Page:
Timing Is Everything As Pocket Sandwich Theatre And Stage West Go Broad With Their Comedy.

The season of farce is upon us. Two more big comedies have just opened for grins: Alfred Hitchcock's The 39 Steps at Fort Worth's Stage West and Unnecessary Farce at Pocket Sandwich Theatre. They join the still-running, lavishly funny Bach at Leipzig at Fort Worth's Circle Theatre (through September 18) and the cute Kitchen Witches at Richardson Theatre Centre (through September 5).

Here's what you expect in a farce: ridiculous situations, clumsy but charming characters, plenty of slamming doors and heaps of eyebrow-arching sexual innuendo. Some accidentally-on-purpose mistakes by the actors should happen, too, the sort of super-silly-ous business that keeps the audience on edge with the fear that it all could go terribly wrong at any moment.

Both of the new shows incorporate classic farcical elements, including the stuff going wrong, but only one of the productions manages to make it all feel like a breathless romp in the park and not a tromp through a muddy bog in heavy boots.

Mark Shum (at the wheel) drives the comedy in Stage West’s The 39 Steps, with Cheryl Lowber, Lee Trull and Michael Corolla along for the ride.
Buddy Myers
Mark Shum (at the wheel) drives the comedy in Stage West’s The 39 Steps, with Cheryl Lowber, Lee Trull and Michael Corolla along for the ride.

Details

Alfred Hitchcock’s The 39 Steps continues at Fort Worth’s Stage West through September 26. Call 817-784-9378.

Unnecessary Farce continues at Pocket Sandwich Theatre through September 25. Call 214-821-186

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Pocket Sandwich's production of Paul Slade Smith's Unnecessary Farce isn't as pretty to look at or acted with as much professional polish as Stage West's 39 Steps, but it is laugh-for-laugh the better two hours of comedy. The 39 Steps could be a good two hours of comedy, but at Stage West it's two and a half hours long. Time limit for farce is two hours max unless it's Shakespeare and that's because 500 years ago people didn't wear wristwatches or fret about late-night traffic on ye olde highway. They wanted to hang around the theater half the night back then. Better than being at home, picking off plague fleas and waiting for the invention of the light bulb.

Here's the funny thing about farce: When you're not laughing, and in 39 Steps that's too much of the time, it's easy to see where the laughs should be and aren't. The problems with 39 Steps start with the script, which was adapted by Patrick Barlow based on an original concept by Simon Corble and Nobby Dimon, with a nod to the 1915 book by John Buchan. The play is both tribute to and satire of Alfred Hitchcock's cinematic espionage thrillers, with lines lifted from the movies (familiar snatches of Bernard Herrmann soundtrack, too). As it tries to work in elements of old-fashioned English music hall clowning and quick-change comedy, The 39 Steps keeps tripping all over its own clever devices.

Only four actors appear in the show, which is set in the 1930s. Three play multiple roles, sometimes switching accents, hats and coats several times in a single scene. At Stage West, actor Lee Trull is the lead as tweedy British bachelor Richard Hannay. Bored and longing for "something mindless and trivial, something utterly pointless" to take him out of his ennui, Hannay suddenly has the answer. "I know!" he announces. "I'll go to the theater!"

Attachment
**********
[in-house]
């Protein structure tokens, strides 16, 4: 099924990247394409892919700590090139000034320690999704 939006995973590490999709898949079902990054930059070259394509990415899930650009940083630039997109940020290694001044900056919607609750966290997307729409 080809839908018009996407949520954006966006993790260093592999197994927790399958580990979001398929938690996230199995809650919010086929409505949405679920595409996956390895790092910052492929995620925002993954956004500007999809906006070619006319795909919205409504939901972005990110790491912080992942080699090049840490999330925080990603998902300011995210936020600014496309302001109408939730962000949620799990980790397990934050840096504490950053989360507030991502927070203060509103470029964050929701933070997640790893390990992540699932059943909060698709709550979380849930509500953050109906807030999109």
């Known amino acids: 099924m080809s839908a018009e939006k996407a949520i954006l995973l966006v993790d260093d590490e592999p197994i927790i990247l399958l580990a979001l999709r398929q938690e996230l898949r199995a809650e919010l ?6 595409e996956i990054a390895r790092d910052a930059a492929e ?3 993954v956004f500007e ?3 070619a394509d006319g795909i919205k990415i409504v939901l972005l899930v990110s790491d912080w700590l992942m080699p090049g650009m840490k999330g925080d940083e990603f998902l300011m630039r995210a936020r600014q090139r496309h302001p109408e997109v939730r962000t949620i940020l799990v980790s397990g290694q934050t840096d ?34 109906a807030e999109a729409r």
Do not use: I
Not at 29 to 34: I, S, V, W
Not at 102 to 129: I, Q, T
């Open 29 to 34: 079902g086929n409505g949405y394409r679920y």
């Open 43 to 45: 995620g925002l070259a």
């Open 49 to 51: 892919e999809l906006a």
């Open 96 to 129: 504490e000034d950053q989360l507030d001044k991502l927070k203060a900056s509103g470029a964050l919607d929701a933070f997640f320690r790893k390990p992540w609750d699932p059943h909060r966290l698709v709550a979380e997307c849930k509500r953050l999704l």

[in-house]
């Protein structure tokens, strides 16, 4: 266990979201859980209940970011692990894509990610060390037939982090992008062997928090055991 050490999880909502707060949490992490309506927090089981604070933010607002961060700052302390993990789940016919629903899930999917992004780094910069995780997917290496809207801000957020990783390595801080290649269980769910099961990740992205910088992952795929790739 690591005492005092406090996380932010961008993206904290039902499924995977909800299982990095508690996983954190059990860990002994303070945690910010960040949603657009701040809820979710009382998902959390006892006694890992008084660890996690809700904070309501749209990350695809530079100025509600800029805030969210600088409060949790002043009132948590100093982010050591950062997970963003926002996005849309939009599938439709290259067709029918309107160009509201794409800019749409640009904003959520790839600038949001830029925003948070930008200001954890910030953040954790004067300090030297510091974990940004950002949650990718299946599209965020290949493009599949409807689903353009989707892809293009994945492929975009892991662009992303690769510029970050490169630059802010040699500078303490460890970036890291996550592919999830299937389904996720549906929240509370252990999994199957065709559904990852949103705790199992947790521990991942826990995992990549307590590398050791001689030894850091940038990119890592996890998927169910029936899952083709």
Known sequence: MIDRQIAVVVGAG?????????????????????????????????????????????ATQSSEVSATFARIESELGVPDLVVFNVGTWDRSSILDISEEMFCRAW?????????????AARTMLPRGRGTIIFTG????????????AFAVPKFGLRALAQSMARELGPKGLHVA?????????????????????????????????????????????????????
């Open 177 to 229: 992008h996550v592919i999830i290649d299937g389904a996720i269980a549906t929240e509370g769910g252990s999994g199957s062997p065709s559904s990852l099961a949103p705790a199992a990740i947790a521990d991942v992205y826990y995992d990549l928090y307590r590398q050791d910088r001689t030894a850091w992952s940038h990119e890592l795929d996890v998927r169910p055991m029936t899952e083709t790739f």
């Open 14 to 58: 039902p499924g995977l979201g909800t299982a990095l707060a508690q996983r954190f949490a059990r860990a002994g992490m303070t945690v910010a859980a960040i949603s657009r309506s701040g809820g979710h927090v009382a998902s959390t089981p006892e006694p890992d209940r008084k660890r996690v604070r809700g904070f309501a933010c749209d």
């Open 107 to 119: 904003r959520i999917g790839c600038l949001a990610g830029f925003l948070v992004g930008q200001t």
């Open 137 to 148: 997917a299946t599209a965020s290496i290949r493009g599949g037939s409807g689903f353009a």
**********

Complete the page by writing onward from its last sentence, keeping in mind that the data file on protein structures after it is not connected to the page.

And off he trots to see a music hall mentalist act called "Mr. Memory" (Michael Corolla). A mysterious dark-haired woman (Cheryl Lowber) slips into Hannay's theater box, a shot rings out and the play then shifts over into a nearly pointless and often trivial medley of Hitchcock film chase scenes and romantic interludes, from Strangers on a Train to Vertigo. A girl is murdered in Hannay's apartment, and he's accused of the crime and hops a train to the Scottish Highlands to escape capture. There he encounters a slew of colorful locals (all played by Corolla and Mark Shum) and two more pretty ladies (played by Lowber), one of whom helps Hannay uncover the secret scientific formula being sought by the Nazis.

Directed by Jim Covault, Stage West's production has two quick, quirky actors in Trull and Shum (star of WaterTower's recent Mark Twain farce Is He Dead?, which he played in drag in a massive hoop skirt). The manic zip and fizz of their few scenes together are what the whole show needs more of. The drag on this affair is Corolla, an actor whose rhythms don't mesh with the others. He's slow on the uptake, allowing a three-Mississippi count before picking up cues. In comedy that's an eternity.

Covault shortchanges even more of the comic potential by skipping some of the visual jokes used in the original London and Broadway versions (and seen here in the touring company that came to the Majestic). Instead of shadow-puppet crop dusters for the North by Northwest chase (remember Cary Grant running from the planes?), he has Shum and Corolla stomping around behind Trull with two wooden ladders around their shoulders. The way it's staged, the movie homage is missed completely. And there's supposed to be a sweet piece of business in a scene atop a moving train (created with four old trunks and the actors' imaginative miming) that sends Hannay fighting a headwind as he jumps from car to car. No such magic at Stage West.

Choicest moment on opening night came at the climax of the second act (well past, yawn, 10 p.m.). Back in the music hall in a Man Who Knew Too Much sequence, the prop revolver failed to go off. Trull, thinking fast, yelled "Bang!" so the villain could die and the show could end. He earned a huge laugh for that superb bit of improvisation in a show that needs more comedic bullets in its chamber.

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